Regardless of the outcome of the match or the quality of the golf played, Sunday’s charity showdown between Tiger Woods and Peyton Manning and Phil Mickelson and Tom Brady figures to be good fun and a great show. It is, after all, live golf featuring the biggest stars of this generation in golf and football …
Regardless of the outcome of the match or the quality of the golf played, Sunday’s charity showdown between Tiger Woods and Peyton Manning and Phil Mickelson and Tom Brady figures to be good fun and a great show.
It is, after all, live golf featuring the biggest stars of this generation in golf and football at a cool golf course, Medalist, that boasts some of the biggest names on the PGA Tour as members … and it’s set to raise some $10 million for COVID-19 relief.
Add to that the curiosity factor of seeing Brady and Manning, out of their sporting element, play golf with Woods and Mickelson, should be pure, raw entertainment.
It all adds up to an automatic recipe for success.
You know what will make the dish even more delicious, though?
Some spirited, if salty, banter among the four players, all of whom will be mic’d up for the match.
If there could be one complaint about last Sunday’s COVID-19 relief charity match between Rory McIlroy and Dustin Johnson playing Rickie Fowler and Matthew Wolff, it was that the mic’d up banter between them fell surprisingly flat.
When Woods and Mickelson faced each other in that mano-a-mano $9 million winner-take-all match in November 2018, the two players were mic’d up, but the back-and-forth was more awkward than entertaining — particularly as Mickelson took the lead on the back nine and Woods, grinding to stay in the match, clammed up.
If the weeks and days leading up to Sunday’s match are any indication, there could be some colorful needling among the players at Medalist.
Mickelson, after all, carries one of the sharpest needles on the PGA Tour, and Manning is highly underrated for his comedic appeal, having successfully hosted “Saturday Night Live’’ back in the day and currently hosts the entertaining “Peyton’s Places” shorts on ESPN.
Woods is more guarded with his barbs, but has an understated way about getting his points across. Of the four participants, Brady probably comes off as the most serious, so his contribution to the banter is less certain.
What is certain is this: Phil Mickelson is primed.
In an interview with The Post this past week, he was jumping out of his skin over the phone with his smack talk, taunting Woods in particular.
“I’m excited to go to Tiger’s home course,’’ Mickelson said. “He was insistent on us doing this at his home course. He was not happy about losing the first time [in Las Vegas]. And he wants to win badly the second time, so much so that everyone else wanted to play elsewhere and he insisted that we do it at his home course. That just makes me and Tom more motivated to go to his home course and beat him.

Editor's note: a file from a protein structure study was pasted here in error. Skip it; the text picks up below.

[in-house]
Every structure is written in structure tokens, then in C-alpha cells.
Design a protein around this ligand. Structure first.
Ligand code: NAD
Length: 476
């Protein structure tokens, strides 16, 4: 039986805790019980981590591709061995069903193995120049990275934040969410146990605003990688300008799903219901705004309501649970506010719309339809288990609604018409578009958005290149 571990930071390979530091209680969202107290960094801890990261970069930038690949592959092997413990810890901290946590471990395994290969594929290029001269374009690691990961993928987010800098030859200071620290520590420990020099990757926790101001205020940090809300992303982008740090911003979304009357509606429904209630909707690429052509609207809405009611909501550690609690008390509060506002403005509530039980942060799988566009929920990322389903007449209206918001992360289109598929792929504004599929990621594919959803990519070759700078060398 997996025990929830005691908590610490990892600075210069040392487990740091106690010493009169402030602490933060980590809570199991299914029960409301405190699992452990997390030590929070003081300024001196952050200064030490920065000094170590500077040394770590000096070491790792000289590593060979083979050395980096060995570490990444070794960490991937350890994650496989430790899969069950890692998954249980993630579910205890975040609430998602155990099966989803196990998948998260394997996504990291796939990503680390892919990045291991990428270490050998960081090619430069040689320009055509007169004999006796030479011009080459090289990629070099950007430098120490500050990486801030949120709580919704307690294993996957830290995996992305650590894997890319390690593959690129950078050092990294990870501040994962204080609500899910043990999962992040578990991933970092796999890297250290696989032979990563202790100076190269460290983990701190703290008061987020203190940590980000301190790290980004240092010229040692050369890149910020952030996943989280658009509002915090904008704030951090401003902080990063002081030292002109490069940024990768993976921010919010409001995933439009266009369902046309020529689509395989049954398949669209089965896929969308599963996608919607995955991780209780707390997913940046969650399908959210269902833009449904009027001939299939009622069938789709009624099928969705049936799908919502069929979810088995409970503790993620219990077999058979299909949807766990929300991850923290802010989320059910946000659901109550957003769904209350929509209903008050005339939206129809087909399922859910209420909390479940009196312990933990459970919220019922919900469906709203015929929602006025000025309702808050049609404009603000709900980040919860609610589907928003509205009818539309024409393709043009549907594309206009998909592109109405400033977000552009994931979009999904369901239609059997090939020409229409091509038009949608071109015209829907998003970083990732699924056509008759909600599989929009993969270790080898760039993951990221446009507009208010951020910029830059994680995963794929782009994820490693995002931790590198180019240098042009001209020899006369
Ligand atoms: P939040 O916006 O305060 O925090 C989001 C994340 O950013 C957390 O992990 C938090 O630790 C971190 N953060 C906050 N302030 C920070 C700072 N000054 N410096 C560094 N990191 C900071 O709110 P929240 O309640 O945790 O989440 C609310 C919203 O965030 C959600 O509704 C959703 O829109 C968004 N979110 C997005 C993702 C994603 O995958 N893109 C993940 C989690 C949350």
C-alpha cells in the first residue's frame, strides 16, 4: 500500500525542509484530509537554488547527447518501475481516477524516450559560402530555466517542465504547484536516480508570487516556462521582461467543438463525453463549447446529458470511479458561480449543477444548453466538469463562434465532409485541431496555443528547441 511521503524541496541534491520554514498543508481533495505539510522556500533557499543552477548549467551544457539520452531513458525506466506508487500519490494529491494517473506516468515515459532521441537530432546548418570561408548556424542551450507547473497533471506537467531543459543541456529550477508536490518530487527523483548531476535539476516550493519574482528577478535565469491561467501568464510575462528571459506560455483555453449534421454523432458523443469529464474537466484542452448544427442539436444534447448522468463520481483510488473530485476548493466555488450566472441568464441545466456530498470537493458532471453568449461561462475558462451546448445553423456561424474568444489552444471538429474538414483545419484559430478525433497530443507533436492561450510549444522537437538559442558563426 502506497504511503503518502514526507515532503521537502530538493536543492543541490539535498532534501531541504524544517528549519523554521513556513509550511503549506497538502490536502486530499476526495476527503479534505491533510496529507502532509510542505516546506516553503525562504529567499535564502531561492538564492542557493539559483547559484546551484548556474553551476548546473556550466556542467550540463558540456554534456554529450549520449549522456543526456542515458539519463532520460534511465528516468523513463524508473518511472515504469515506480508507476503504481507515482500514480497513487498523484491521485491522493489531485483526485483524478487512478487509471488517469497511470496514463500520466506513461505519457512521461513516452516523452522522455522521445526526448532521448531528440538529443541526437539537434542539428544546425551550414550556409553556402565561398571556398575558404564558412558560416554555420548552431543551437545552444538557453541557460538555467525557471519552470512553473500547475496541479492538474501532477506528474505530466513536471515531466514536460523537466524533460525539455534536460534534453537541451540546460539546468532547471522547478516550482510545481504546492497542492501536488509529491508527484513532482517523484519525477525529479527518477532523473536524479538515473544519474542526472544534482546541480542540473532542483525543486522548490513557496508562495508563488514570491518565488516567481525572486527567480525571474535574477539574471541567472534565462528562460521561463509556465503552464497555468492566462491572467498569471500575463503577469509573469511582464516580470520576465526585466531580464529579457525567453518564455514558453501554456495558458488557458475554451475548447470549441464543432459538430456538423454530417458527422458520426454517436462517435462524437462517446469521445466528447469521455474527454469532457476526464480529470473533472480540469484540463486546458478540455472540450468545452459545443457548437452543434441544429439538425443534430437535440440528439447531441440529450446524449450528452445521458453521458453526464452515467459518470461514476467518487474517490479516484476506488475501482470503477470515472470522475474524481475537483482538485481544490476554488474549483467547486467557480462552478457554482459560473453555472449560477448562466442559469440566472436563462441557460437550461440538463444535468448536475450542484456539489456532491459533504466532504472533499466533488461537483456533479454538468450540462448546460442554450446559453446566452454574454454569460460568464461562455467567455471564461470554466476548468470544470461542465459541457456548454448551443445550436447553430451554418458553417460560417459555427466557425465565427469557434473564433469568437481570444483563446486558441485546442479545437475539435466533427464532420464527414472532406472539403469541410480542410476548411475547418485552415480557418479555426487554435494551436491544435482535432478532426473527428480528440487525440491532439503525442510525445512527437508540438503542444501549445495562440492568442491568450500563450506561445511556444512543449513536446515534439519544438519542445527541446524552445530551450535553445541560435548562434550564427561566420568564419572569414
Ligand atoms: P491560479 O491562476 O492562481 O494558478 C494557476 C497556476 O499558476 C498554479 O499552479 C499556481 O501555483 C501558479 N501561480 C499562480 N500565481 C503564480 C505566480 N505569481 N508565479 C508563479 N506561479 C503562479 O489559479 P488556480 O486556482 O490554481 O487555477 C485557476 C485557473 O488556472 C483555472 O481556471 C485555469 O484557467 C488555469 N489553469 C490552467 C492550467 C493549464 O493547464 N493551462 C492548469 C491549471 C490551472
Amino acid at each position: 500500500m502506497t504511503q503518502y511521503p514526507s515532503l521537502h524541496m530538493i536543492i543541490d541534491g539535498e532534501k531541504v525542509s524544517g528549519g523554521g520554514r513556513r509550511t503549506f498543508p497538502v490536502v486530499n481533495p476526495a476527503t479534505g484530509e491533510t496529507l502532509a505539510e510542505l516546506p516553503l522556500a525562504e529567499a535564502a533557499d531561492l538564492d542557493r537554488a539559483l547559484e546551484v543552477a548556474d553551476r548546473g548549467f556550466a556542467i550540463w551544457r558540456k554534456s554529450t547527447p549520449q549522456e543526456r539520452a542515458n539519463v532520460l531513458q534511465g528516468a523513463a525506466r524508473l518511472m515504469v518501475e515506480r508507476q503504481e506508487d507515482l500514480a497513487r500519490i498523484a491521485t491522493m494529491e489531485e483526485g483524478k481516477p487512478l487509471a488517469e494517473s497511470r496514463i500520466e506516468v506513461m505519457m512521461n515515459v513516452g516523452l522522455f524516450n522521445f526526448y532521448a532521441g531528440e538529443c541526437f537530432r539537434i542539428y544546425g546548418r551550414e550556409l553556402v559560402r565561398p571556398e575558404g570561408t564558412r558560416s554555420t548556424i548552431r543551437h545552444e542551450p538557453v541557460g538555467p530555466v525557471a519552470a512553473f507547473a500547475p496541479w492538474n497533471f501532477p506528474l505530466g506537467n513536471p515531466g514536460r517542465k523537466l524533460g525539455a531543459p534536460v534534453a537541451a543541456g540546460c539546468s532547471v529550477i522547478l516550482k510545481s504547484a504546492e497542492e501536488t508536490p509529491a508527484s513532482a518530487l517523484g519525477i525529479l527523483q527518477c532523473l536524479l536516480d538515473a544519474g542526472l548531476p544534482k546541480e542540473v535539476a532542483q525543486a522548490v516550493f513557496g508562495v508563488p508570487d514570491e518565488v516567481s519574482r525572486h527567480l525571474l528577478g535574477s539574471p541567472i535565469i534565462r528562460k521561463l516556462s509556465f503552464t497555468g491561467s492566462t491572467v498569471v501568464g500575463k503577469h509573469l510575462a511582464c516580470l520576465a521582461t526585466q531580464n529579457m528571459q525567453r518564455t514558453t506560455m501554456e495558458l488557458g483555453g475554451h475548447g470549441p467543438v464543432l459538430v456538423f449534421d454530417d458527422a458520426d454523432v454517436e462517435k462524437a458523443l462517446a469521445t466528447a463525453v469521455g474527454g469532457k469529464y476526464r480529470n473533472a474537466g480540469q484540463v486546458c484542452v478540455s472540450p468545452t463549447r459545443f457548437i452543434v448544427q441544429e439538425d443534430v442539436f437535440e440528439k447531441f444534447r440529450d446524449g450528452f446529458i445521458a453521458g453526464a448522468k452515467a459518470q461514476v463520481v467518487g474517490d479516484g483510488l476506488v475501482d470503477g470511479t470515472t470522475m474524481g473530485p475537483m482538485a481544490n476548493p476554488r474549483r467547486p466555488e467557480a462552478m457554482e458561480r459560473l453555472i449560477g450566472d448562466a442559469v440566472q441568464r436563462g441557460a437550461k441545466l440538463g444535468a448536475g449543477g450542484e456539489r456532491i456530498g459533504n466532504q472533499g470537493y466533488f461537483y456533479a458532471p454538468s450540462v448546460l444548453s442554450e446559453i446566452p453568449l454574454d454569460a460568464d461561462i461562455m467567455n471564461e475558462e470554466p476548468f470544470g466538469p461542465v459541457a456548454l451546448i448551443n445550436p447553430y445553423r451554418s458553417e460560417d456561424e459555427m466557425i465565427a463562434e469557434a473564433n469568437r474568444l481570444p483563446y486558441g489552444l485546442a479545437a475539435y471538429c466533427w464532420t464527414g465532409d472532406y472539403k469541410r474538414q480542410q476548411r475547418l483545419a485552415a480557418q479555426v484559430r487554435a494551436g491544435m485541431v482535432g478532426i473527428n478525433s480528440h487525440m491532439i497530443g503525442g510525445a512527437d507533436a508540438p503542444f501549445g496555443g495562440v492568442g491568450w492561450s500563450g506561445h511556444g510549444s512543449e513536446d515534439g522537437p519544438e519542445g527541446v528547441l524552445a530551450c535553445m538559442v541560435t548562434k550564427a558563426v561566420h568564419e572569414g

“Tiger thinks he has a huge advantage playing there. That’s fine. We’ll take it to him and Peyton, and there will be no excuses. Tom and I are going to go down there and put it to them. We’ll make it so that every time Tiger shows up at his home course, he’ll have a bad memory.”
Mickelson is embracing the fact that him and Brady are the betting underdogs.
“We should absolutely be underdogs,’’ he said. “We’re going to be at Tiger’s home course, and you’ve got Peyton [two] shots lower than Tom on his handicap. … So absolutely, they should be favored, but that motivates Tom and I even more. They’ll have no excuses when we dominate them.’’
In a recent TV interview with the four players to promote the event, when Mickelson bragged about his $9 million win in Vegas, Woods got up from his chair and fetched the green jacket from his fifth Masters victory (Mickelson has three) and jokingly used it as a blanket.
Let’s hope for more of that Sunday. Mickelson appears poised to provide it. Hopefully Woods will bring his sharp-tongued A game.
“Phil thrives in the smack-talking repartee,’’ Golf Channel analyst Brandel Chamblee told The Post this past week. “He loves to get the needle in, so I suspect Phil will be the one that needles the most.’’
As for Woods?
“Throughout my life watching Tiger, listening to him and even playing against him, I’ve always been amazed at how humble he is,’’ Chamblee said. “He’s never really talked smack. He doesn’t walk around like a peacock, doesn’t big-time players. By all comparisons, he’s been pretty darned humble. Tiger has never needed to needle.’’
Hopefully, Woods and the rest of the players will use the needle generously on Sunday. It’ll only add to what already figures to be a fun watch.